Volume 579, July 2015
|Number of page(s)||9|
|Published online||24 June 2015|
Metallicity dependence of high-mass X-ray binary populations
Instituto de Astronomía y Física del Espacio (IAFE), UBA-CONICET,
CC 67, Suc. 28,
( C1428ZAA )
2 Facultad de Cs. Exactas y Naturales (FCEN), UBA, Buenos Aires, Argentina
3 Instituto Argentino de Radioastronomía (IAR), CCT-La Plata, CONICET, C.C.5., 1894 Villa Elisa, Argentina
4 CEA-Saclay, IRFU/DSM/Service d’Astrophysique, 91191 Gif-sur-Yvette, France
Received: 6 January 2015
Accepted: 14 May 2015
Context. High-mass X-ray binaries (HMXBs) might have contributed a non-negligible fraction of the energy feedback to the interstellar and intergalactic media at high redshift, becoming important sources for the heating and ionization history of the Universe. However, the importance of this contribution depends on the hypothesized increase in the number of HMXBs formed in low-metallicity galaxies and in their luminosities.
Aims. In this work we test the aforementioned hypothesis, and quantify the metallicity dependence of HMXB population properties.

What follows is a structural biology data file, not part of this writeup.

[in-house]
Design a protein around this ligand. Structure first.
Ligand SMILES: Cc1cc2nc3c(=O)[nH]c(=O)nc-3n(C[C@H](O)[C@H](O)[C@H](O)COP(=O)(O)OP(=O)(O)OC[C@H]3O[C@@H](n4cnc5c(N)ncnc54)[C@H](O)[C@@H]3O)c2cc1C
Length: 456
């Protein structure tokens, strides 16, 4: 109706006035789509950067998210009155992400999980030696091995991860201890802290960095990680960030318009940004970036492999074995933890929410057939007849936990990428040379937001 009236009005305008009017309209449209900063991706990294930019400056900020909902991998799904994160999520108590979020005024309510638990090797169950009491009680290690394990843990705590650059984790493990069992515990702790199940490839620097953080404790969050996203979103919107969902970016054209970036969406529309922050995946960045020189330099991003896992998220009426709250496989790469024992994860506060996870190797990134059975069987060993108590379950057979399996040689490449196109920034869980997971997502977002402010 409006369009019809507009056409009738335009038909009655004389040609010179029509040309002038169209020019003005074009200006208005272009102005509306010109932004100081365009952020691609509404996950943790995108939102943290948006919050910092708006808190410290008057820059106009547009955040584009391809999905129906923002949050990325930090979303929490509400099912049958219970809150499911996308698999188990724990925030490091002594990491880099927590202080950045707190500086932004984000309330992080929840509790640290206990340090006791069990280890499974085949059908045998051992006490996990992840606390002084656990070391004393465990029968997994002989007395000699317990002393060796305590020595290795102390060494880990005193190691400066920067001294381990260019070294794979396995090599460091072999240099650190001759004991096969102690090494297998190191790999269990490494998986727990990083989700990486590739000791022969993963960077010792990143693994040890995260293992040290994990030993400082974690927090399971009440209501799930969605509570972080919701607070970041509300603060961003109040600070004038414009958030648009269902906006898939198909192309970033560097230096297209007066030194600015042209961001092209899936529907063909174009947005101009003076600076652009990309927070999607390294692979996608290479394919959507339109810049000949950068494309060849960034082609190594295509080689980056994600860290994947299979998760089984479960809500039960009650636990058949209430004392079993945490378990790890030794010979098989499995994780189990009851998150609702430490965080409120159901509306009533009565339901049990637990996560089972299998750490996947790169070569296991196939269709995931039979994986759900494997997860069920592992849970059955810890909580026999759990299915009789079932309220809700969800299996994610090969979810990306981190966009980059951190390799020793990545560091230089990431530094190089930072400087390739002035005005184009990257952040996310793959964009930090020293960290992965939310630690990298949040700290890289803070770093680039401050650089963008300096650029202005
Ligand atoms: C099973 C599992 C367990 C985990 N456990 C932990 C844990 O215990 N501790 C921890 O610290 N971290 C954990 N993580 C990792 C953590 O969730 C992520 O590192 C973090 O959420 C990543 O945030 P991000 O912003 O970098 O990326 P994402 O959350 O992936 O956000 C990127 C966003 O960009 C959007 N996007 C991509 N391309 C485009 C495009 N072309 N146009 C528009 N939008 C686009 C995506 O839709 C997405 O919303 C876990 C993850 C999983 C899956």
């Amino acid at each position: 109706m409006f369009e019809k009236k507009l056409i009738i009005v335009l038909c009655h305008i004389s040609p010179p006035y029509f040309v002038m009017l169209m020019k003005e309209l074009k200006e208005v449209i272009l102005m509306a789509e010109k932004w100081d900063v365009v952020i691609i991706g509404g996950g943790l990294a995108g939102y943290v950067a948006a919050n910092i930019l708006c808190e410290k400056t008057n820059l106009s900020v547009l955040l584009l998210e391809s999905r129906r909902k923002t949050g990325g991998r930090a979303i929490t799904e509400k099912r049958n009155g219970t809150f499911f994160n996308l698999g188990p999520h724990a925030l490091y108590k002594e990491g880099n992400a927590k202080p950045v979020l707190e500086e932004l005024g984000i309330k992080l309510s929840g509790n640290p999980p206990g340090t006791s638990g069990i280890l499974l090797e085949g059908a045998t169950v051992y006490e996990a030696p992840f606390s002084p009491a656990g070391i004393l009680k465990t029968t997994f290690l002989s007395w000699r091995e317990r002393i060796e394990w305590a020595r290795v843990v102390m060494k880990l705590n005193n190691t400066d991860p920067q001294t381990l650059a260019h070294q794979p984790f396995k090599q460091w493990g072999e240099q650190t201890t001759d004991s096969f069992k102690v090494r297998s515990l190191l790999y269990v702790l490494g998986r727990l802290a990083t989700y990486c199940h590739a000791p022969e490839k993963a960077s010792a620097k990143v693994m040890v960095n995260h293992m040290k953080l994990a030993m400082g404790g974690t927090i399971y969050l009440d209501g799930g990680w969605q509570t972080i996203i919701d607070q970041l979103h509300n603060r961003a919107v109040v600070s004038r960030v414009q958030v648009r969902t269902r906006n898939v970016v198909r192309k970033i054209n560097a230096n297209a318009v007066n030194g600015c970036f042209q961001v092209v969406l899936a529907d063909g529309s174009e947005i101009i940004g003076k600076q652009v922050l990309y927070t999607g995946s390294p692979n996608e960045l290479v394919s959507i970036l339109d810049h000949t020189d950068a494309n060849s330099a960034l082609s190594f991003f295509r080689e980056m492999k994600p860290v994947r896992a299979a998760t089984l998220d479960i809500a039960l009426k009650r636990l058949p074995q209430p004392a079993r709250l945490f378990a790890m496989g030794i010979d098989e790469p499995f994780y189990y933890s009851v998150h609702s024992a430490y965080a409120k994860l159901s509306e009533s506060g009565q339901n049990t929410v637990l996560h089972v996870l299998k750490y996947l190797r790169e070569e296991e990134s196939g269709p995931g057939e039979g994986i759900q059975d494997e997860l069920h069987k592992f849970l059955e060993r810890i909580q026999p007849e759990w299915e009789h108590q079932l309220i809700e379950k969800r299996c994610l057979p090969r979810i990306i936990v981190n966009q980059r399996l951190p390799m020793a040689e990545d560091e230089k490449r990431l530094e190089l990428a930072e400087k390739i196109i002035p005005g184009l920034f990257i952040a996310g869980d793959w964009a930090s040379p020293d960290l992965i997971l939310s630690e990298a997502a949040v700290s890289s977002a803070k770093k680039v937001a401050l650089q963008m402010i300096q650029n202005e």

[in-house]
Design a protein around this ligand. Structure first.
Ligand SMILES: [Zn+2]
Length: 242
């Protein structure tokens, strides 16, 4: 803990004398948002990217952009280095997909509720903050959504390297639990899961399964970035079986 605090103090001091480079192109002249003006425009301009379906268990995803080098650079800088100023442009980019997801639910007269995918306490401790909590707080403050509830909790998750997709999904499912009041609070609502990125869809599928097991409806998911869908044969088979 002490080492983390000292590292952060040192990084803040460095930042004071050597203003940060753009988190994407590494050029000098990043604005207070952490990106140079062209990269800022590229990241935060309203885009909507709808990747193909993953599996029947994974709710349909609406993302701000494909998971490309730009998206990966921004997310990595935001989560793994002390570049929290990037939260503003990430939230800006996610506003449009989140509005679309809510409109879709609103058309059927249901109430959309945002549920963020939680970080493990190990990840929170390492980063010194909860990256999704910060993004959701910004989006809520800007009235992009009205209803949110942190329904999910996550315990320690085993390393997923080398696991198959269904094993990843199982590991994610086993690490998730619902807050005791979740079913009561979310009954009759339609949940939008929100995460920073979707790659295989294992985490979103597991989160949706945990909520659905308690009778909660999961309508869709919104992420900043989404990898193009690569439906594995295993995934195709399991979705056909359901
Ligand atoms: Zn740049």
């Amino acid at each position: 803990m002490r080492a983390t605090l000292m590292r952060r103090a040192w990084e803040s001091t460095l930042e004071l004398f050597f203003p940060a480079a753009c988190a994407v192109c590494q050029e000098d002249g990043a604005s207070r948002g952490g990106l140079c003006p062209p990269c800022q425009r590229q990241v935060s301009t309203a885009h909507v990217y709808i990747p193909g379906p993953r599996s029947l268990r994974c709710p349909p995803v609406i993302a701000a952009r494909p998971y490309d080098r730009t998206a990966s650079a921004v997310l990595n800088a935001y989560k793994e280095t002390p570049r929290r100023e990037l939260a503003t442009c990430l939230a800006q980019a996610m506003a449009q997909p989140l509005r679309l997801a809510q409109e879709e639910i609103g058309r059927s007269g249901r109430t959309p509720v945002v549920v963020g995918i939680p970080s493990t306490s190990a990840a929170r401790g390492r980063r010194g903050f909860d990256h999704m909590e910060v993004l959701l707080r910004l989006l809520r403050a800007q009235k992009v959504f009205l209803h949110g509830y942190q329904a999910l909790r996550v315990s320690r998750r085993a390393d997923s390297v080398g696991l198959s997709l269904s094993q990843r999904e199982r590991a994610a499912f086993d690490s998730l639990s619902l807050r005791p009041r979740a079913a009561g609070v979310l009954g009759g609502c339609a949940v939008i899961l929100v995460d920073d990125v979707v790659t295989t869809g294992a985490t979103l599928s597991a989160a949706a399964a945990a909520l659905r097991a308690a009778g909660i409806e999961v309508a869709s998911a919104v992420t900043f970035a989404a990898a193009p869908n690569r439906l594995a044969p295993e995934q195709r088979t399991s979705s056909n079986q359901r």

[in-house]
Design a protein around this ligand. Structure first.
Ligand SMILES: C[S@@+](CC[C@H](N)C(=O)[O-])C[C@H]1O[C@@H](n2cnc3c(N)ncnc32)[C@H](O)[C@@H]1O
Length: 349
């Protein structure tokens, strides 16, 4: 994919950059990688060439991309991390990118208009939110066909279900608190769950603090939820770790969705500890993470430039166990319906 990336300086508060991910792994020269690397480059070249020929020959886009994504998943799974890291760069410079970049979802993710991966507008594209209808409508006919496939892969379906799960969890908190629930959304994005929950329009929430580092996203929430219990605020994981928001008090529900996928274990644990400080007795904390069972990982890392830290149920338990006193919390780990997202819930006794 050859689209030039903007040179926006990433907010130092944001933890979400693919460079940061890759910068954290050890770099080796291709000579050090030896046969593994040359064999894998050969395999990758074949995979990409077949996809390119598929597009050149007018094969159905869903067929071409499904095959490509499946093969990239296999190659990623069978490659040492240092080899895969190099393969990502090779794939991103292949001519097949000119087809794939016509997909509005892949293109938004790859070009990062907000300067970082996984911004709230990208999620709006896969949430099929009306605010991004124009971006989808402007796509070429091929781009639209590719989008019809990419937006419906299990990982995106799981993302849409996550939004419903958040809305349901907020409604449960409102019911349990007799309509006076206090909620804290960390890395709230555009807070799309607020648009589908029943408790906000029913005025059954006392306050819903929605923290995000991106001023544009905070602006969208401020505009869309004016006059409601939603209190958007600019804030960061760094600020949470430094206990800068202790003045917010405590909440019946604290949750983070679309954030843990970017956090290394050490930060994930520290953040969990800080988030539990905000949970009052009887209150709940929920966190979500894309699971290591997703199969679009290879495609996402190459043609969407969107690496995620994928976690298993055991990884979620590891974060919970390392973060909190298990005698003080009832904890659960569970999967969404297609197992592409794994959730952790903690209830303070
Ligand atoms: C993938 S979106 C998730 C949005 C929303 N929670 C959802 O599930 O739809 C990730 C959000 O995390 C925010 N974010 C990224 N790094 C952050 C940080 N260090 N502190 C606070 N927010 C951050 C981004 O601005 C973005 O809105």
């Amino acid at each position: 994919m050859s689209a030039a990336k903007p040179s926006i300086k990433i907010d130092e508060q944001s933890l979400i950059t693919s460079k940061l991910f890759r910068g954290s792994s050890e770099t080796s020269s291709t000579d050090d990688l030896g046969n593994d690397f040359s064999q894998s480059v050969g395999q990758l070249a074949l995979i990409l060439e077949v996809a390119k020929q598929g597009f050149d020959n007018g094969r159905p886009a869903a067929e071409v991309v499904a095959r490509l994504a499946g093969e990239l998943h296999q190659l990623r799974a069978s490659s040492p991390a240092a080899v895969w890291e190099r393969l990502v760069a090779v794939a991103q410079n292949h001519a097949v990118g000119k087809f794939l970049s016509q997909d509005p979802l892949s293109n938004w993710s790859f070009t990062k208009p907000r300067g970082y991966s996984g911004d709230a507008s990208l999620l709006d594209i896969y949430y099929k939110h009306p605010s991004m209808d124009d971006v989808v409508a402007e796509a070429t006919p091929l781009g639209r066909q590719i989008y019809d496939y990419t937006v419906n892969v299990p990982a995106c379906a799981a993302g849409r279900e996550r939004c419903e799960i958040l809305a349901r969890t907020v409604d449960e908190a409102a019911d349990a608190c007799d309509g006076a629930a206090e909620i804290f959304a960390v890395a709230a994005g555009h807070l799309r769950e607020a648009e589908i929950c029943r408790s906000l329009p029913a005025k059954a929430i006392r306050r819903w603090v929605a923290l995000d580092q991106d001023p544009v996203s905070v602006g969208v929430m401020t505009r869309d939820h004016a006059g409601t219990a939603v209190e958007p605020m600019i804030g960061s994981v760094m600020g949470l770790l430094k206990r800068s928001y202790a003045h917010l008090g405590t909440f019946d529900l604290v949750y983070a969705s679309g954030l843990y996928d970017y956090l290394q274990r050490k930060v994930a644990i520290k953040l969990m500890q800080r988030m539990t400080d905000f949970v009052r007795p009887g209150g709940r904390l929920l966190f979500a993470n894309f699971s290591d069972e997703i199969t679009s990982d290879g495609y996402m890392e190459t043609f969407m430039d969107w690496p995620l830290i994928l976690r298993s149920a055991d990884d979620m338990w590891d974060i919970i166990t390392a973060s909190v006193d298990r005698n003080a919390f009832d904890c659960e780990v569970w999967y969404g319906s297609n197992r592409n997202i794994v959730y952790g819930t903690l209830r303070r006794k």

Methods. We compile from the literature a large set of data on the sizes and X-ray luminosities of HMXB populations in nearby galaxies with known metallicities and star formation rates. We use Bayesian inference to fit simple Monte Carlo models that describe the metallicity dependence of the size and luminosity of the HMXB populations.
Results. We find that HMXBs are typically ten times more numerous per unit star formation rate in low-metallicity galaxies (12 + log (O / H) < 8, namely <20% solar) than in solar-metallicity galaxies. The metallicity dependence of the luminosity of HMXBs is small compared to that of the population size.
Conclusions. Our results support the hypothesis that HMXBs are more numerous in low-metallicity galaxies, implying the need to investigate the feedback in the form of X-rays and energetic mass outflows of these high-energy sources during cosmic dawn.
Key words: X-rays: binaries / galaxies: star formation / galaxies: abundances
© ESO, 2015
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